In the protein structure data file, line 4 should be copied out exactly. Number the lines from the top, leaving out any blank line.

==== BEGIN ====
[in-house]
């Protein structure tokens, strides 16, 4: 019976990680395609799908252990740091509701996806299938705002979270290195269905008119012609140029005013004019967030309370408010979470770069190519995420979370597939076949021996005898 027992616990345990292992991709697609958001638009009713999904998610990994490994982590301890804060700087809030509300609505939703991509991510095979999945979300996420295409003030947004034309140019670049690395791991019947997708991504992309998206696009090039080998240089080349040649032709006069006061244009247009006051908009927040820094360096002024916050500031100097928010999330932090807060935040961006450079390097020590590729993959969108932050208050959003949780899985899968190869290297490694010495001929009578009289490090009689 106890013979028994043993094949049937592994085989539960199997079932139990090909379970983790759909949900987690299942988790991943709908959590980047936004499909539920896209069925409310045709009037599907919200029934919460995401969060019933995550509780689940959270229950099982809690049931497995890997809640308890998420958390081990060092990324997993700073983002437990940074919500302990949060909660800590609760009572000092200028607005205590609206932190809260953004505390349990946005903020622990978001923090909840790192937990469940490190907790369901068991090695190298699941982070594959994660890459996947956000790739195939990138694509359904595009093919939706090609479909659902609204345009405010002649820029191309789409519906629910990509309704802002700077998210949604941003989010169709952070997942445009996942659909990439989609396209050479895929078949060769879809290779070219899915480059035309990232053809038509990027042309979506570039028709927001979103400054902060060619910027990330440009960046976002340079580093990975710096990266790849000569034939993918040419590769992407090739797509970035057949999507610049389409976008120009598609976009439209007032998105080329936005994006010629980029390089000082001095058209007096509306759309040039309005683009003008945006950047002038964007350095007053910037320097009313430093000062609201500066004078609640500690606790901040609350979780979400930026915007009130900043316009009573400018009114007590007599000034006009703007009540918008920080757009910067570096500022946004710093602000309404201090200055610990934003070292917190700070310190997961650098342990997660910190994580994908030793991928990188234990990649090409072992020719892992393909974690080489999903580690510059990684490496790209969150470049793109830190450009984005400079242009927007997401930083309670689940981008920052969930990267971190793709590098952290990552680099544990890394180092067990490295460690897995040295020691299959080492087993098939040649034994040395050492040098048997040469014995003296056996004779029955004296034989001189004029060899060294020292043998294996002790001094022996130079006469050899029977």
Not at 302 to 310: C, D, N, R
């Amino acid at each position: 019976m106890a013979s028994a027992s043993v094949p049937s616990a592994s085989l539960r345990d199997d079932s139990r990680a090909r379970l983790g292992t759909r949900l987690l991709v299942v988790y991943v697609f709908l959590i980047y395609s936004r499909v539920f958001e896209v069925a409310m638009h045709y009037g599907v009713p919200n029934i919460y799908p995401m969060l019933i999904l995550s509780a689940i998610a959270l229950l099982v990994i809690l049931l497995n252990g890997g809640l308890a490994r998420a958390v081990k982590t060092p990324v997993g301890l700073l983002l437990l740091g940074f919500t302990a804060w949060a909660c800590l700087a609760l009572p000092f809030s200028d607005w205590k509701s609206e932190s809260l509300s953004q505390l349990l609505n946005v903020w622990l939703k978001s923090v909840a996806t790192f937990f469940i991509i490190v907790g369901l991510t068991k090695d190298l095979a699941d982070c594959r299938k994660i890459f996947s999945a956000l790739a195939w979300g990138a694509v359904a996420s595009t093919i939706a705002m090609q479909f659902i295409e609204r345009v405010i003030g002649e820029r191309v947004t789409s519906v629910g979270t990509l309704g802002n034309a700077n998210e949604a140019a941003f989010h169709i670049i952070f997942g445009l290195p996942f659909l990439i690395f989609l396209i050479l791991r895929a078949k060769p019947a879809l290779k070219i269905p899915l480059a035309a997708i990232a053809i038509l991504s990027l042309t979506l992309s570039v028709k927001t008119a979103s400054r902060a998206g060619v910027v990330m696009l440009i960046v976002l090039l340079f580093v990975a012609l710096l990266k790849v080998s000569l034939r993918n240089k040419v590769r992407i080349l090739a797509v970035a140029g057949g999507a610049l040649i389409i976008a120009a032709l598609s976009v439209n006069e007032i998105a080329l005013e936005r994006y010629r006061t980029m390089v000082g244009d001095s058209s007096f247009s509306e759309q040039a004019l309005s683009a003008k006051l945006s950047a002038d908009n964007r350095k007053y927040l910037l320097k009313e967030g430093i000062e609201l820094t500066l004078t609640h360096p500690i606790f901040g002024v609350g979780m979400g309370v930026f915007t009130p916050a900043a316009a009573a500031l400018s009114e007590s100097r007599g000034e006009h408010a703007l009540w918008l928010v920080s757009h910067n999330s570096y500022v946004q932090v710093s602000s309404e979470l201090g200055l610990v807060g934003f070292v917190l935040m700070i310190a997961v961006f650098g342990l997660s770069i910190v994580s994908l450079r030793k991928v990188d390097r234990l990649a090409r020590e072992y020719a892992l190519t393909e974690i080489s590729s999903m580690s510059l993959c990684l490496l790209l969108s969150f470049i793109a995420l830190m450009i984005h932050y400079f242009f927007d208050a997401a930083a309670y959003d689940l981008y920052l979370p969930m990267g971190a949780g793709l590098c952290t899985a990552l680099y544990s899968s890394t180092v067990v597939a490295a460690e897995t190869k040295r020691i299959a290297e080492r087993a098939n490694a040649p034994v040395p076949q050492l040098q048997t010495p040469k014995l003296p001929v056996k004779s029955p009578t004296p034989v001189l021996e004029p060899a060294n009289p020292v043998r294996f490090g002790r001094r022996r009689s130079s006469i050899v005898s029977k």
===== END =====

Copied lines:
């Amino acid at each position: 019976m106890a013979s028994a027992s043993v094949p049937s616990a592994s085989l539960r345990d199997d079932s139990r990680a090909r379970l983790g292992t759909r949900l987690l991709v299942v988790y991943v697609f709908l959590i980047y395609s936004r499909v539920f958001e896209v069925a409310m638009h045709y009037g599907v009713p919200n029934i919460y799908p995401m969060l019933i999904l995550s509780a689940i998610a959270l229950l099982v990994i809690l049931l497995n252990g890997g809640l308890a490994r998420a958390v081990k982590t060092p990324v997993g301890l700073l983002l437990l740091g940074f919500t302990a804060w949060a909660c800590l700087a609760l009572p000092f809030s200028d607005w205590k509701s609206e932190s809260l509300s953004q505390l349990l609505n946005v903020w622990l939703k978001s923090v909840a996806t790192f937990f469940i991509i490190v907790g369901l991510t068991k090695d190298l095979a699941d982070c594959r299938k994660i890459f996947s999945a956000l790739a195939w979300g990138a694509v359904a996420s595009t093919i939706a705002m090609q479909f659902i295409e609204r345009v405010i003030g002649e820029r191309v947004t789409s519906v629910g979270t990509l309704g802002n034309a700077n998210e949604a140019a941003f989010h169709i670049i952070f997942g445009l290195p996942f659909l990439i690395f989609l396209i050479l791991r895929a078949k060769p019947a879809l290779k070219i269905p899915l480059a035309a997708i990232a053809i038509l991504s990027l042309t979506l992309s570039v028709k927001t008119a979103s400054r902060a998206g060619v910027v990330m696009l440009i960046v976002l090039l340079f580093v990975a012609l710096l990266k790849v080998s000569l034939r993918n240089k040419v590769r992407i080349l090739a797509v970035a140029g057949g999507a610049l040649i389409i976008a120009a032709l598609s976009v439209n006069e007032i998105a080329l005013e936005r994006y010629r006061t980029m390089v000082g244009d001095s058209s007096f247009s509306e759309q040039a004019l309005s683009a003008k006051l945006s950047a002038d908009n964007r350095k007053y927040l910037l320097k009313e967030g430093i000062e609201l820094t500066l004078t609640h360096p500690i606790f901040g002024v609350g979780m979400g309370v930026f915007t009130p916050a900043a316009a009573a500031l400018s009114e007590s100097r007599g000034e006009h408010a703007l009540w918008l928010v920080s757009h910067n999330s570096y500022v946004q932090v710093s602000s309404e979470l201090g200055l610990v807060g934003f070292v917190l935040m700070i310190a997961v961006f650098g342990l997660s770069i910190v994580s994908l450079r030793k991928v990188d390097r234990l990649a090409r020590e072992y020719a892992l190519t393909e974690i080489s590729s999903m580690s510059l993959c990684l490496l790209l969108s969150f470049i793109a995420l830190m450009i984005h932050y400079f242009f927007d208050a997401a930083a309670y959003d689940l981008y920052l979370p969930m990267g971190a949780g793709l590098c952290t899985a990552l680099y544990s899968s890394t180092v067990v597939a490295a460690e897995t190869k040295r020691i299959a290297e080492r087993a098939n490694a040649p034994v040395p076949q050492l040098q048997t010495p040469k014995l003296p001929v056996k004779s029955p009578t004296p034989v001189l021996e004029p060899a060294n009289p020292v043998r294996f490090g002790r001094r022996r009689s130079s006469i050899v005898s029977k």